As the world responds to the spread of coronavirus, many of us are quarantined at home wondering how to stay in shape and keep our basketball skills sharp. With the help of Irv Roland, who trains professionals across the globe, we’ve got you covered.
Roland played Division II ball at Southwestern Oklahoma State and landed an internship with the Boston Celtics upon graduating. That gig led to a full-time position as a video coordinator for the Hornets, where Roland spent five seasons (2005-10) and built a strong relationship to several players, including point guard Chris Paul.
Through the years, he’s worked closely with NBA superstars such as Paul, James Harden, Russell Westbrook, Kevin Durant and more. He founded his own training business (Blueprint Basketball) in Miami that became a go-to destination for guys during the summer. Following a brief stint with the Suns, Roland joined the Rockets as a player development coach in 2016, due mainly to his success training Harden. Irv spent a few years on that staff and then decided to go independent again, traveling overseas to hold camps and grow his brand internationally.
Roland’s training philosophy is as follows: “We shall return to proven ways—not because they are old, but because they are true.” (Barry M. Goldwater)
“So many trainers, a lot of which I think are great, throw so many things at kids,” Roland tells SLAM. “At the end of the day, the game is still a simple one. If you execute proper form and technique, you will improve.”
With that said, here’s Irv’s full training guide (mental and physical) for quarantined athletes looking to get better during this crazy time. It includes exercises (with and without a basketball), recommended books and players to study film of.
Irv’s recommendation: combine any six of these exercises for one full workout. Can mix and match whichever you like.
Burpee to plank:
Sit-up with twist:
Push-up with shoulder tap:
Squat jumps to elbow knee tuck:
Push-up with plank jacks:
Burpee with squat and push-up:
Single leg glute bridge:
Alt. leg raise with toe touch:
*For hoopers who can and cannot dribble in the house.
Smack the ball:
Tap the ball above the head and down to the face:
Wrap the ball around the waist and the legs:
Form shooting on the floor:
Wrap the ball around each leg:
Sitting, wrap the ball around the thighs:
Sitting, wrap the ball around each leg:
Wraps with lunges:
Wraps while laying down in v-hold:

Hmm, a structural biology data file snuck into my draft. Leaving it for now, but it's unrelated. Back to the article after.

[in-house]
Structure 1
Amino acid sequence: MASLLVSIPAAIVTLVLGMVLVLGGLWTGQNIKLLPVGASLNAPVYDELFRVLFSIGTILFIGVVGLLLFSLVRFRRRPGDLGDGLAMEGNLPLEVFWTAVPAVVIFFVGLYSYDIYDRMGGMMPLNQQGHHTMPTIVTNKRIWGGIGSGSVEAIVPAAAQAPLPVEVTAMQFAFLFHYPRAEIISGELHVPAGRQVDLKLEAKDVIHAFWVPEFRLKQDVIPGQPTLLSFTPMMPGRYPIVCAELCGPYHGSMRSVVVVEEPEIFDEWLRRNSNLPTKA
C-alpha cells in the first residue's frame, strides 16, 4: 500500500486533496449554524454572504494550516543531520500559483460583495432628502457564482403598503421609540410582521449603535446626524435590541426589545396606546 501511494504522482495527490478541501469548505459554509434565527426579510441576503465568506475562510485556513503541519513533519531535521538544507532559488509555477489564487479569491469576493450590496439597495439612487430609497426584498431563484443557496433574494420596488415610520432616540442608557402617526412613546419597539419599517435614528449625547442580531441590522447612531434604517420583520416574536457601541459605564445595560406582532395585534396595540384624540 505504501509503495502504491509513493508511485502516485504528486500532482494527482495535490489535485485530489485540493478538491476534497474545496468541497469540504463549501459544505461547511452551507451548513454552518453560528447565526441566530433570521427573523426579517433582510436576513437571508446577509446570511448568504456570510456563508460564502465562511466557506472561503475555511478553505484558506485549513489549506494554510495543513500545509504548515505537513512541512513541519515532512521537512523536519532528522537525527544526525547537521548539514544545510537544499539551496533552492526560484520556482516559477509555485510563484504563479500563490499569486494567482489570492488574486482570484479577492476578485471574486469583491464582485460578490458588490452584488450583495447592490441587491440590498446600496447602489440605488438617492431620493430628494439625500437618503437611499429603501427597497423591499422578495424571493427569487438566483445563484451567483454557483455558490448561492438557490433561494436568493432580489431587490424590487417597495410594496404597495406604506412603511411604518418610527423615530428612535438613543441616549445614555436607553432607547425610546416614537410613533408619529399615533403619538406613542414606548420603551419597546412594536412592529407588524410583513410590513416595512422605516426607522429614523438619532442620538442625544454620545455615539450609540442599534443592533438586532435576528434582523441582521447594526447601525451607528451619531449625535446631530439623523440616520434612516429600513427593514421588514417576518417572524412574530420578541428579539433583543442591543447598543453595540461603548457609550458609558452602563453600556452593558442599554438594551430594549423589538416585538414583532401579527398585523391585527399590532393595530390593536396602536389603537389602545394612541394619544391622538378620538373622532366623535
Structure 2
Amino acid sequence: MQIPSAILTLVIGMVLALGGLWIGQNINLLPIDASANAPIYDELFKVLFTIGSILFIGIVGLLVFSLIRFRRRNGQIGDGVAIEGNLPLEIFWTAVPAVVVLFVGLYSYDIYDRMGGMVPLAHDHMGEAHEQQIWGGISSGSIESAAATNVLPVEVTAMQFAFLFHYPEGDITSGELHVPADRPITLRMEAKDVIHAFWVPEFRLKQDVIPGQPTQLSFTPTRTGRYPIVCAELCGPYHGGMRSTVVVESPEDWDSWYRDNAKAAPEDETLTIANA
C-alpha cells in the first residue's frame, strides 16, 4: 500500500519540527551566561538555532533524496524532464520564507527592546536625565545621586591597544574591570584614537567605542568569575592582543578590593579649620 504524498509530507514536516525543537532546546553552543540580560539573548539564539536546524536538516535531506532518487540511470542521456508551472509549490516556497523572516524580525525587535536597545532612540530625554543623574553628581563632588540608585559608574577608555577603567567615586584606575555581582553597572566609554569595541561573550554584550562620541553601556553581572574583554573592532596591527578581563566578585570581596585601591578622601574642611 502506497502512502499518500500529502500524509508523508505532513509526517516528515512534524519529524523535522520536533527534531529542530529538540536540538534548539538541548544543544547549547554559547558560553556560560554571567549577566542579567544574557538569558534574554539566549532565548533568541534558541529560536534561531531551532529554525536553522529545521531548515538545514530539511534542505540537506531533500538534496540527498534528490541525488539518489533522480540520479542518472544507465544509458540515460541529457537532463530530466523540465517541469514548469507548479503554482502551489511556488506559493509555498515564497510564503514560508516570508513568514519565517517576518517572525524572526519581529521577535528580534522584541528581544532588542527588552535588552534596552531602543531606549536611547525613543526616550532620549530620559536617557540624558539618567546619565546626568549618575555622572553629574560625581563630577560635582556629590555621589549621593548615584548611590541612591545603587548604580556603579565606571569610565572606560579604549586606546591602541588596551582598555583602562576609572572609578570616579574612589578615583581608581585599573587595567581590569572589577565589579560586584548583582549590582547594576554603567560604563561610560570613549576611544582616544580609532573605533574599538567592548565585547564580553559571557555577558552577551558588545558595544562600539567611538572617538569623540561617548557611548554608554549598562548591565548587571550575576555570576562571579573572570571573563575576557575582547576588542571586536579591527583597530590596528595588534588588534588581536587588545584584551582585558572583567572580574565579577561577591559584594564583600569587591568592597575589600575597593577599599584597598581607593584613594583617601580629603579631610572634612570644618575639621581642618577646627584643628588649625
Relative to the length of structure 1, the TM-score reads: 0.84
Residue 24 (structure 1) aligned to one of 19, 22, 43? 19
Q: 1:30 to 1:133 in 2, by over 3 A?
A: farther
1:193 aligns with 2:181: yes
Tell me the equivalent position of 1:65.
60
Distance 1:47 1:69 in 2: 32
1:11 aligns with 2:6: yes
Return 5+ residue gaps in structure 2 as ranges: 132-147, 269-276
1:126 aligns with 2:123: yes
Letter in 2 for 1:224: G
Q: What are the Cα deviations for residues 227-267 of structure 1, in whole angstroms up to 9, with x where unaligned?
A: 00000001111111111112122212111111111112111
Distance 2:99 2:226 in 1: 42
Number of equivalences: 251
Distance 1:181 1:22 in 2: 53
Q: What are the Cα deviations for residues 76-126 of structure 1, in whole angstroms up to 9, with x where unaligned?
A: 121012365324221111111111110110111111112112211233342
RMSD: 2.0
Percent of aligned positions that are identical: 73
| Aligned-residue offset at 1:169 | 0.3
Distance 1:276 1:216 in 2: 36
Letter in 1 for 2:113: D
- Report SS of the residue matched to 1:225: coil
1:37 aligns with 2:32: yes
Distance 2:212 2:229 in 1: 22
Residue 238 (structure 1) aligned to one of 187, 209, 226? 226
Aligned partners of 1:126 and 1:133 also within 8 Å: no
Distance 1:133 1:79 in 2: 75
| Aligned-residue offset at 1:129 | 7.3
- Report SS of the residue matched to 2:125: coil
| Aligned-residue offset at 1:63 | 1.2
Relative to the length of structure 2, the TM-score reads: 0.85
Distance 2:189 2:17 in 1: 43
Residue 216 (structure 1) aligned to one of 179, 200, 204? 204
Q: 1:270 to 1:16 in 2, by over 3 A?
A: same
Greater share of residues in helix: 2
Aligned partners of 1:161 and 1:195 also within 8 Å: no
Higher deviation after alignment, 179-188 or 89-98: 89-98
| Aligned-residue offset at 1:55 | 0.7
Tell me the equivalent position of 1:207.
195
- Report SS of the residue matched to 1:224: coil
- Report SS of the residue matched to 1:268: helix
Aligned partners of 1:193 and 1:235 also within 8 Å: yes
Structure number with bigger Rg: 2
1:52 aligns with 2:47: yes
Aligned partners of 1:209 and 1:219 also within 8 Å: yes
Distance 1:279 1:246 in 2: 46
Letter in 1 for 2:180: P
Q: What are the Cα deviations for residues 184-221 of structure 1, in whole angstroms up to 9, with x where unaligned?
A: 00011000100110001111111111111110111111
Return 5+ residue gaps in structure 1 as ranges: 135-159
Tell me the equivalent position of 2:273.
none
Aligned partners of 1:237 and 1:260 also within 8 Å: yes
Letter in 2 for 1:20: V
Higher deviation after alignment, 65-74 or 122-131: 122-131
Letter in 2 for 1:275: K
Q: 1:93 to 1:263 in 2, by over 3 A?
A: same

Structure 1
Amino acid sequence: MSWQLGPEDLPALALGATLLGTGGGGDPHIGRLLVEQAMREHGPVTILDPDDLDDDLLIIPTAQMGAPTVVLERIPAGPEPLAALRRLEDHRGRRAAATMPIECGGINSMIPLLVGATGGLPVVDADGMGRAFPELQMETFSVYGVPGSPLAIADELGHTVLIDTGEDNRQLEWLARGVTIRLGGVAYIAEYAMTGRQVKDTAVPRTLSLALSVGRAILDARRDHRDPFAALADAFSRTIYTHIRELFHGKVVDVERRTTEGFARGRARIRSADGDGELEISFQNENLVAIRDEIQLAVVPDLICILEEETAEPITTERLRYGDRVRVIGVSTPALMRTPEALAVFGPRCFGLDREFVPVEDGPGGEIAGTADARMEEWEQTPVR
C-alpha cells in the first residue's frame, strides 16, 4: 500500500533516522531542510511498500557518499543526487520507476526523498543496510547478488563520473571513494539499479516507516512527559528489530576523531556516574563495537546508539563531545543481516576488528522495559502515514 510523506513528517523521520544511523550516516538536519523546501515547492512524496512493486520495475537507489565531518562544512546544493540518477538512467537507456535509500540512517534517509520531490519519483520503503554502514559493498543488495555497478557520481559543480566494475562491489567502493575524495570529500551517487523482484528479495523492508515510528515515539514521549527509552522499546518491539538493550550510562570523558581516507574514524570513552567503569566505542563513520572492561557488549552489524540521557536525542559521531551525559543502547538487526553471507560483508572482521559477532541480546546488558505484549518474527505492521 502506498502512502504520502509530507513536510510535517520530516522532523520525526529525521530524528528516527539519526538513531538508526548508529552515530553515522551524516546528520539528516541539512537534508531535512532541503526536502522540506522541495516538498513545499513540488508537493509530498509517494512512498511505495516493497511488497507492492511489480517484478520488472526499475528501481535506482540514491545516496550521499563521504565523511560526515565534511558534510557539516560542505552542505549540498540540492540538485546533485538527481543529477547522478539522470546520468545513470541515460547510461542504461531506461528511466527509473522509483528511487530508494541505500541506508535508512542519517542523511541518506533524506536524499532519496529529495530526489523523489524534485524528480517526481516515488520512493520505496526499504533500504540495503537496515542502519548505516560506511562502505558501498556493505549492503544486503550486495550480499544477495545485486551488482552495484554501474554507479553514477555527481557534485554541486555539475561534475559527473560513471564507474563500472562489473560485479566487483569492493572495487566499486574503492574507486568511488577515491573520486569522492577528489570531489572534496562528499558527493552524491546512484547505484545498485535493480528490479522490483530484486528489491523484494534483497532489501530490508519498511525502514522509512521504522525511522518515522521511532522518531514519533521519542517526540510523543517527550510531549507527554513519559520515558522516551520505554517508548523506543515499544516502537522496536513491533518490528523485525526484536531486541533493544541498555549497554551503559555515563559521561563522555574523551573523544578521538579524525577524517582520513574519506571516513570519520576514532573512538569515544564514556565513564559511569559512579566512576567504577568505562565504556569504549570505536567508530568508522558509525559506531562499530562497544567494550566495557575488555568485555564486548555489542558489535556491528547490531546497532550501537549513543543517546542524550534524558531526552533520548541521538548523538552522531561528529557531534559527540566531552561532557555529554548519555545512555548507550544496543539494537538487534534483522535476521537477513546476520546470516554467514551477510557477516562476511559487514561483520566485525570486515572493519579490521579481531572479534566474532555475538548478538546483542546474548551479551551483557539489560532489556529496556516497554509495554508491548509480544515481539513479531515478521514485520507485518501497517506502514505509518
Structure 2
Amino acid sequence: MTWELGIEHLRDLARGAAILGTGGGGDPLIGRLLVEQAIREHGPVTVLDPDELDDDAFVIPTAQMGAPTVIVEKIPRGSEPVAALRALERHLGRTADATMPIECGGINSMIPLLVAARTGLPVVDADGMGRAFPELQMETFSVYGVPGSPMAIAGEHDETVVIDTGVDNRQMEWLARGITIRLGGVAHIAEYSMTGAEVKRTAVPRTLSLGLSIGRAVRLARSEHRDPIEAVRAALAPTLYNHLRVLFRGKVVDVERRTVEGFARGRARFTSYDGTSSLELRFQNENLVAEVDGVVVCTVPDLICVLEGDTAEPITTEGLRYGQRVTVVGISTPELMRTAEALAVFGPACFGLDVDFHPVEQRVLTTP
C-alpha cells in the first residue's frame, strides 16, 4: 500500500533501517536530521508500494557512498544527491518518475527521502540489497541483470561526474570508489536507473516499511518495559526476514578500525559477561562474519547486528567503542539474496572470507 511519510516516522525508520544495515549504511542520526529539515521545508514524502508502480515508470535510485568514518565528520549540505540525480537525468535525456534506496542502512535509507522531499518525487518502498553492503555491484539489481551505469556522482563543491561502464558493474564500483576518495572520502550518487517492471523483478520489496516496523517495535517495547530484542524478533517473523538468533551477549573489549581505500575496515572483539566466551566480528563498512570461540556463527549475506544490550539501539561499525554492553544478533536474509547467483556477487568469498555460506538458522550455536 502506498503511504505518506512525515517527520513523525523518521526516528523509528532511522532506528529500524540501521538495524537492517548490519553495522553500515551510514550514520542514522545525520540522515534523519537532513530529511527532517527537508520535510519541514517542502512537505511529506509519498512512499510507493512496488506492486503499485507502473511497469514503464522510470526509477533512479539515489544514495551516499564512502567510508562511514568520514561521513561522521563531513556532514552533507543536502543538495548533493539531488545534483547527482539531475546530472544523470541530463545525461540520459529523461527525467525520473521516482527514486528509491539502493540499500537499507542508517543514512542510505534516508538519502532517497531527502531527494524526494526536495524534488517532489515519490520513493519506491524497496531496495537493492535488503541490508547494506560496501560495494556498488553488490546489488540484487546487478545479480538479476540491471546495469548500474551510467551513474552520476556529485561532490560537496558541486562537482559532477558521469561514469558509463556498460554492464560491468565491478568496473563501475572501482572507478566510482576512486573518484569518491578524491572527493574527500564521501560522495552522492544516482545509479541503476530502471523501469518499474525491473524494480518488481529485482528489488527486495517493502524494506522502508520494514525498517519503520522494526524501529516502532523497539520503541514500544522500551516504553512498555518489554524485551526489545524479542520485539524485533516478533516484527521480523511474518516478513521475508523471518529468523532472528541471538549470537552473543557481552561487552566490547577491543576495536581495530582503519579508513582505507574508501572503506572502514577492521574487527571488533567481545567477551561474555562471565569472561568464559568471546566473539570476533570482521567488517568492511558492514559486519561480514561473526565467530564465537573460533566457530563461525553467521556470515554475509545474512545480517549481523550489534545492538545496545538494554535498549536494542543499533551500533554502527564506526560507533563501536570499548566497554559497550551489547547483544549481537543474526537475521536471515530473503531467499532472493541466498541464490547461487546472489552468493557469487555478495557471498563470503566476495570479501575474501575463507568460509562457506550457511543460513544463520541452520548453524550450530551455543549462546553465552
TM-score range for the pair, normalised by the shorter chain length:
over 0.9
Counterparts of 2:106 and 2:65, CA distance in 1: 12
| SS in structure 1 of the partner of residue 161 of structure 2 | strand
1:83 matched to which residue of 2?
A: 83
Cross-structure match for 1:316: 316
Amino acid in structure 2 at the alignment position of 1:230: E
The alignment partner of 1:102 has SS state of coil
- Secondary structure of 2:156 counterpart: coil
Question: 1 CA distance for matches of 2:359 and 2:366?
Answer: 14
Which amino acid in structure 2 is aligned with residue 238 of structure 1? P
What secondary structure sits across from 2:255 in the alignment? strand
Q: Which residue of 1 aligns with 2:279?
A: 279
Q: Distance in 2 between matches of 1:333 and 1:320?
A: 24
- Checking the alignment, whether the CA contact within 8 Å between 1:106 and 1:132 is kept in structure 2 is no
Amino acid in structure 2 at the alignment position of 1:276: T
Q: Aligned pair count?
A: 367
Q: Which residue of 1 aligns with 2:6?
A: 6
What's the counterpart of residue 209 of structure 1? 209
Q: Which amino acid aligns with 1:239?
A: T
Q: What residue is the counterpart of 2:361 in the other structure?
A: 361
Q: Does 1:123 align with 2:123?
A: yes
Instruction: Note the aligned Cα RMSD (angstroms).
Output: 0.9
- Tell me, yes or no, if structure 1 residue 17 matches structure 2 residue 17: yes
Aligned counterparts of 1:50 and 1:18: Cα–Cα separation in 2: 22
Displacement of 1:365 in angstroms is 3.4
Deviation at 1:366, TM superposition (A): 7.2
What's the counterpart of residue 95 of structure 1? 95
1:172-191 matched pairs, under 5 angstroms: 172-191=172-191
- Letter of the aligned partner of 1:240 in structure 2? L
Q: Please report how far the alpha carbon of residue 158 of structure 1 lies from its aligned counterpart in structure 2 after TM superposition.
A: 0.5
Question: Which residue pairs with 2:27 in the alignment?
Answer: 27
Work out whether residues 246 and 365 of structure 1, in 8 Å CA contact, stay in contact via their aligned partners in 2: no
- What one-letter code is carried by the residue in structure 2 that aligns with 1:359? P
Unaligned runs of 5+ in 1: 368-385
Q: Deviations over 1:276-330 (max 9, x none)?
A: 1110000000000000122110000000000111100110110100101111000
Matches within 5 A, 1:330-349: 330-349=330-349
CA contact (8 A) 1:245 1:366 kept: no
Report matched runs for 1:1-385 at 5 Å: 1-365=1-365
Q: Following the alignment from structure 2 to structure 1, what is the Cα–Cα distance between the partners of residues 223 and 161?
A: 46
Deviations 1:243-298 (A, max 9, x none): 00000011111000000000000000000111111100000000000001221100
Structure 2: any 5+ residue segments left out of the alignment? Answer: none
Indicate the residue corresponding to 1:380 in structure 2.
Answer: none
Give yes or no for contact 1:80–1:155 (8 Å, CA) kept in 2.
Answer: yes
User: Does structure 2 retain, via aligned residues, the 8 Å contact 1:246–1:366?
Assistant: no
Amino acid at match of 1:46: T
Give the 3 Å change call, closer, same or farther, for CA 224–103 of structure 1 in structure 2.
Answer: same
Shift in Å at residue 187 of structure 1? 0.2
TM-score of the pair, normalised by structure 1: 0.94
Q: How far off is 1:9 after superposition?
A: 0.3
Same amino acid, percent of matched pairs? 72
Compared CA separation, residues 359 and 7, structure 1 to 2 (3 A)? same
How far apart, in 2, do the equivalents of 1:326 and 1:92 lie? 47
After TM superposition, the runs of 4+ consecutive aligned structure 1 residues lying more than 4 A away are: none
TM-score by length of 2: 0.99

Wraps while scissoring legs:
Dribble around each leg:
Side to side:
Front to back:
In and out:
Tight to wide crossovers:
Behind the back:
Tennis ball toss:
These books hit on both the technical and mental aspects of the game.
Shoot Like the Pros (Adam Filippi, 2011)
2.0 TO PRO: The Student Guide To Raise Up and Dunk Life (Reggie Butler, 2019)
The Captain Class (Sam Walker, 2017)
Every Moment Matters: Savoring the Stuff of Life (John St. Augustine, 2009)
The Score Takes Care of Itself: My Philosophy of Leadership (Bill Walsh, 2010)
The Mamba Mentality (Kobe Bryant, 2018)
Relentless (Tim Grover, 2014)
PLAYERS TO WATCH FILM OF
*Additional notes/guidelines from Roland
Chris Paul, Trae Young, Chelsea Gray.
Watch their ability to find open teammates in the pick-and-roll. Watch how they set up screens and occupy defenders to find the open player on the court. Also, look at how they find chances for themselves to score in pick-and-roll by using screens properly to create advantages.
Donovan Mitchell, Devin Booker, Kayla McBride.
Players need to follow how they use screens and move without the ball to get open. Watch how efficiently they score in ISO situations. These three players can consistently score without having to dribble, which is something all coaches look for.
Kawhi Leonard, Pascal Siakam, Breanna Stewart.
Pay attention to how these wings get to their spots and score without many dribbles. All three have good footwork that all young players need to copy as well.
Anthony Davis, Al Horford, Elena Delle Donne.
Three very good bigs that possess what we would call “guard skills.” They can all handle the ball well and also score from a variety of spots on the floor. The game is more position-less than ever so to get on the floor, you have to be able to do multiple things. Pay attention to hot these players can score from the paint as well as the perimeter. All three have great touch around the basket, can break defenders down off the dribble, make the three and also find open teammates.
Joel Embiid, Nikola Jokic, Liz Cambage.
Three centers that have a multitude of ways to attack you. They can face you up and make jump shots, back you down and finish around the rim. All three possess great footwork. Embiid has a great ability to break defenders down from the perimeter and Jokic is one of the best passers in the game regardless of position. Lis is great at using her body to get the position she wants, which is something all bigger players need to learn. Establishing position and getting to YOUR spots is very important when trying to be an effective scorer from any position.
Photos by Joseph Sherman.